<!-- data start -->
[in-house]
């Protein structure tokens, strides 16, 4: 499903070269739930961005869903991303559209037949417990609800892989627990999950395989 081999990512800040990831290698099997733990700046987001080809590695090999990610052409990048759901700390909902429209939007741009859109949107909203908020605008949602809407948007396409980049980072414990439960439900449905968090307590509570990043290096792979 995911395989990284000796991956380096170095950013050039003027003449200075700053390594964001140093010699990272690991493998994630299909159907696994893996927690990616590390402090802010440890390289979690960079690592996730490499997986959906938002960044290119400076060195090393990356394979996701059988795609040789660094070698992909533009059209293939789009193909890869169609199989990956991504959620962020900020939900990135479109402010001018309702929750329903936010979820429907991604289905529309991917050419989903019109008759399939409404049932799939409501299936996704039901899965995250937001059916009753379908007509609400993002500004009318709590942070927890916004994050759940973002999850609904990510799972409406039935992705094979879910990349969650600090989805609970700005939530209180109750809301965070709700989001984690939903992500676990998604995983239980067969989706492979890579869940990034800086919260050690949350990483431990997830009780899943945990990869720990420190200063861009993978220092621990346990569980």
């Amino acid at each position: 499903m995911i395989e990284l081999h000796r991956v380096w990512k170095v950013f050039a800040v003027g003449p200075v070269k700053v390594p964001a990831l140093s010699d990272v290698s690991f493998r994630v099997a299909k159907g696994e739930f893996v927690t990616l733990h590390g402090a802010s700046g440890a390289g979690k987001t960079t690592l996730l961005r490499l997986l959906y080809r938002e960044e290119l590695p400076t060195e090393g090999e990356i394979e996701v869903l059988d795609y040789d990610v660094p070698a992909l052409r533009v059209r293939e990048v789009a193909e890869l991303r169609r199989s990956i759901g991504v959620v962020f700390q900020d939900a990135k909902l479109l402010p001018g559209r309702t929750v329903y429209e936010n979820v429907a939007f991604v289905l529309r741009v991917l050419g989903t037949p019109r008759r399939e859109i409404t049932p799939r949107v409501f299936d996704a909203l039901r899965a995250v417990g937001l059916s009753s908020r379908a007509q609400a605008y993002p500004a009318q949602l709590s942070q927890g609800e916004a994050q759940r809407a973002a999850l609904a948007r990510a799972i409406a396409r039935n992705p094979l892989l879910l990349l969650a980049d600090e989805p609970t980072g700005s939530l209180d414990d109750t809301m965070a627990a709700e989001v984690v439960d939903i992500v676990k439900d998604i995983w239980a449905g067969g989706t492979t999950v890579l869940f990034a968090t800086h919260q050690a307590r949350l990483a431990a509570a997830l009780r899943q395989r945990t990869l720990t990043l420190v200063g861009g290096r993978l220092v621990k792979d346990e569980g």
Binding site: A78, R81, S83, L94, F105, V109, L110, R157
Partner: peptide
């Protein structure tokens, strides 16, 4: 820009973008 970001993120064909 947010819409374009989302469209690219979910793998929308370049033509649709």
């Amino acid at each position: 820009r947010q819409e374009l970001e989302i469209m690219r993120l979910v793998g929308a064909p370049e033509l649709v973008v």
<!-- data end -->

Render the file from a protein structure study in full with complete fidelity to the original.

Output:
[in-house]
């Protein structure tokens, strides 16, 4: 499903070269739930961005869903991303559209037949417990609800892989627990999950395989 081999990512800040990831290698099997733990700046987001080809590695090999990610052409990048759901700390909902429209939007741009859109949107909203908020605008949602809407948007396409980049980072414990439960439900449905968090307590509570990043290096792979 995911395989990284000796991956380096170095950013050039003027003449200075700053390594964001140093010699990272690991493998994630299909159907696994893996927690990616590390402090802010440890390289979690960079690592996730490499997986959906938002960044290119400076060195090393990356394979996701059988795609040789660094070698992909533009059209293939789009193909890869169609199989990956991504959620962020900020939900990135479109402010001018309702929750329903936010979820429907991604289905529309991917050419989903019109008759399939409404049932799939409501299936996704039901899965995250937001059916009753379908007509609400993002500004009318709590942070927890916004994050759940973002999850609904990510799972409406039935992705094979879910990349969650600090989805609970700005939530209180109750809301965070709700989001984690939903992500676990998604995983239980067969989706492979890579869940990034800086919260050690949350990483431990997830009780899943945990990869720990420190200063861009993978220092621990346990569980």
């Amino acid at each position: 499903m995911i395989e990284l081999h000796r991956v380096w990512k170095v950013f050039a800040v003027g003449p200075v070269k700053v390594p964001a990831l140093s010699d990272v290698s690991f493998r994630v099997a299909k159907g696994e739930f893996v927690t990616l733990h590390g402090a802010s700046g440890a390289g979690k987001t960079t690592l996730l961005r490499l997986l959906y080809r938002e960044e290119l590695p400076t060195e090393g090999e990356i394979e996701v869903l059988d795609y040789d990610v660094p070698a992909l052409r533009v059209r293939e990048v789009a193909e890869l991303r169609r199989s990956i759901g991504v959620v962020f700390q900020d939900a990135k909902l479109l402010p001018g559209r309702t929750v329903y429209e936010n979820v429907a939007f991604v289905l529309r741009v991917l050419g989903t037949p019109r008759r399939e859109i409404t049932p799939r949107v409501f299936d996704a909203l039901r899965a995250v417990g937001l059916s009753s908020r379908a007509q609400a605008y993002p500004a009318q949602l709590s942070q927890g609800e916004a994050q759940r809407a973002a999850l609904a948007r990510a799972i409406a396409r039935n992705p094979l892989l879910l990349l969650a980049d600090e989805p609970t980072g700005s939530l209180d414990d109750t809301m965070a627990a709700e989001v984690v439960d939903i992500v676990k439900d998604i995983w239980a449905g067969g989706t492979t999950v890579l869940f990034a968090t800086h919260q050690a307590r949350l990483a431990a509570a997830l009780r899943q395989r945990t990869l720990t990043l420190v200063g861009g290096r993978l220092v621990k792979d346990e569980g």
Binding site: A78, R81, S83, L94, F105, V109, L110, R157
Partner: peptide
């Protein structure tokens, strides 16, 4: 820009973008 970001993120064909 947010819409374009989302469209690219979910793998929308370049033509649709």
């Amino acid at each position: 820009r947010q819409e374009l970001e989302i469209m690219r993120l979910v793998g929308a064909p370049e033509l649709v973008v």